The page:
Europe's largest bank, HSBC Holdings Plc, reported its first-quarter results today. The bank has seen its pre-tax profit fall 19% to £3.88bn in the first three months of the year. However, it said adjusted pre-tax profit, which excludes one-off items, rose to $4.61bn from $4.12bn a year earlier, with group chief executive Stuart Gulliver calling it a “good set of results”. The fall in profits to $5bn (£3.9bn) beat analysts' forecasts, and HSBC's shares rose 1.5% in Hong Kong.
Adele is now the richest musician under 30 in Britain and Ireland, according to the latest edition of The Sunday Times Rich List. The singer's global success has rocketed her wealth to a cool £125 million, an increase of almost 50 per cent in the past year alone. She is the 19th richest musician - and only solo female artist - in the Music Millionaires list, which is topped by Sir Paul McCartney and his wife Nancy Shevell, whose combined fortune is said to be £780m.



The FTSE 100 has finished yesterday down 15.52 points at 7,234.53.
Sainsbury's was the day's biggest faller, with its share price down 5.72% at 263.5p, after the supermarket group revealed an 8.2% fall in annual profits and warned of rising prices. 
Paddy Power was another major faller on the FTSE 100 - dropping 4.3% - after saying it was cautious on European revenue growth due to a "pretty extreme" level of competition.
ITV fell 1.75% on news that its chief executive Adam Crozier is to step down after seven years at the helm.
Strong interim profit growth at accountancy software group Sage sent its shares to the top of the risers, up 3.44% to 707p. 
The FTSE 250 closed down 121.90 points at 19,683.39, with construction group Galliford Try by far the biggest faller - its shares tumbled 10.67% to £10.03 - after it said it would take a £98m hit after a financial review of two joint infrastructure projects.
On the currency markets, the pound was down 0.23% against the dollar at $1.2909 and flat against the euro at 1.1826 euros.

Trading Announcements 
Morrison (Wm) Supermarkets (MRW), PurpleBricks Group plc (PURP), RSA Insurance Group (RSA)

Computacenter, Elecosoft, GKN, GlaxoSmithKline, Gresham Technologies, IMI, Inmarsat, Johnson Service Group , Ladbrokes Coral Group, Moneysupermarket.Com , Morgan Sindall Group , Reckitt Benckiser Group, Rio Tinto, Rolls Royce Holdings, Sagicor Financial Corporation Limited, St James's Place, Stadium Group, Trinity Mirror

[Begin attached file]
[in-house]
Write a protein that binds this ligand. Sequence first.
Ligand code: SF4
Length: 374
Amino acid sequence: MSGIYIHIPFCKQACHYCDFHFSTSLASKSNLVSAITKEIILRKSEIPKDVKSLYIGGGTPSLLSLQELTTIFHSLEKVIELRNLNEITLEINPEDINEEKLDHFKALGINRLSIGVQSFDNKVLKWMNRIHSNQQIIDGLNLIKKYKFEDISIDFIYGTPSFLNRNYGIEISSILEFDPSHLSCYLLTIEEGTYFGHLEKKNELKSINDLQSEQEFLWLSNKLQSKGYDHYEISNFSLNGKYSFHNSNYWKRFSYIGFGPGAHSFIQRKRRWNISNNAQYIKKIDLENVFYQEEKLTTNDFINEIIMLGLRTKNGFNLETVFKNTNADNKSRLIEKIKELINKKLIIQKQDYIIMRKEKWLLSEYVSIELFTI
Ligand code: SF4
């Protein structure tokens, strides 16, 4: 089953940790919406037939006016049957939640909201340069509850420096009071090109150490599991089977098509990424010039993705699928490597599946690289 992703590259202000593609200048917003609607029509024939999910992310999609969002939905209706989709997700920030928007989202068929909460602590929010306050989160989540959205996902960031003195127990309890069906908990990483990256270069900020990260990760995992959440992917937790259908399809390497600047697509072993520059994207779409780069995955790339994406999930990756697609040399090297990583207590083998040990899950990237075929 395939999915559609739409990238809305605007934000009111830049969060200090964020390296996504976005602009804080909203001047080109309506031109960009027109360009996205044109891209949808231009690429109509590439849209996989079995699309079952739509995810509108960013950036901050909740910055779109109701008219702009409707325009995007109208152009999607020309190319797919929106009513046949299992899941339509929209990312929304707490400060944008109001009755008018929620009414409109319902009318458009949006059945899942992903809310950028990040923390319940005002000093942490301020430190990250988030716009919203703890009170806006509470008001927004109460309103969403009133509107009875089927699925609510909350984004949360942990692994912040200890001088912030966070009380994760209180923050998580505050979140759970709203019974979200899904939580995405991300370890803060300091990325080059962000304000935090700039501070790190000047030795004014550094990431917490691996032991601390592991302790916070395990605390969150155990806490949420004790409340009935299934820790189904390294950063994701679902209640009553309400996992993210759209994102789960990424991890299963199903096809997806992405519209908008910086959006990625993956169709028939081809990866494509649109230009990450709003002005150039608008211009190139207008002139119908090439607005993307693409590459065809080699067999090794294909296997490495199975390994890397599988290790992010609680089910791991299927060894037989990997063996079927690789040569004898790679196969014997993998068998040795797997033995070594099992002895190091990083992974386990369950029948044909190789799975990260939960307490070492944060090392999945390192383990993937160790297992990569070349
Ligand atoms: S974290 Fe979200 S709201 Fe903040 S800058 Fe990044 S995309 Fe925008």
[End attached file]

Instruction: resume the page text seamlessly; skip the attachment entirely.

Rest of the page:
UK Economic Announcements
(9:30) Consumer Credit 
(9:30) M4 Money Supply
(9:30) Mortgage Approvals 


International Economic Announcements
(13:30) Balance of Trade (US) 
(13:30) Continuing Claims (US) 
(13:30) Initial Jobless Claims (US)
(15:00) Factory Orders (US)



Writing in The Financial Times, Philip Stephens calls the upcoming general election “a contest between competing visions of the past”. He writes that Britain has inverted the natural order. Summing up Theresa May’s premiership, the author suggests she has struggled to define her own style. She differs from her predecessor who “celebrated a metropolitan Toryism that in turn championed globalism”. On the other hand, Jeremy Corbyn, according to Stephens, is stuck in the 1970s and as the polls suggest, voters are “unable to imagine such a politician framed by the doorway of No 10”. (£)

In The Times, David Aaronovitch analyses what happens when politicians break their election pledges. He concluded that people sign up to hard choices if they know that those offering them believe in them and that they are part of a coherent strategy. The real fury, he says, is reserved for politicians who pretend hard choices don’t have to be made.



The current official Hawaiian alphabet consists of twelve letters: five vowels (Aa, Ee, Ii, Oo, Uu) and eight consonants (Hh, Kk, Ll, Mm, Nn, Pp, Ww, ʻokina). 



House of Commons
In dissolution. The House will next sit on Monday 19th June.
House of Lords 
In prorogation. The House will next sit on Monday 19th June.

Scottish Parliament
No business scheduled. 


Scottish Parliament
No business scheduled.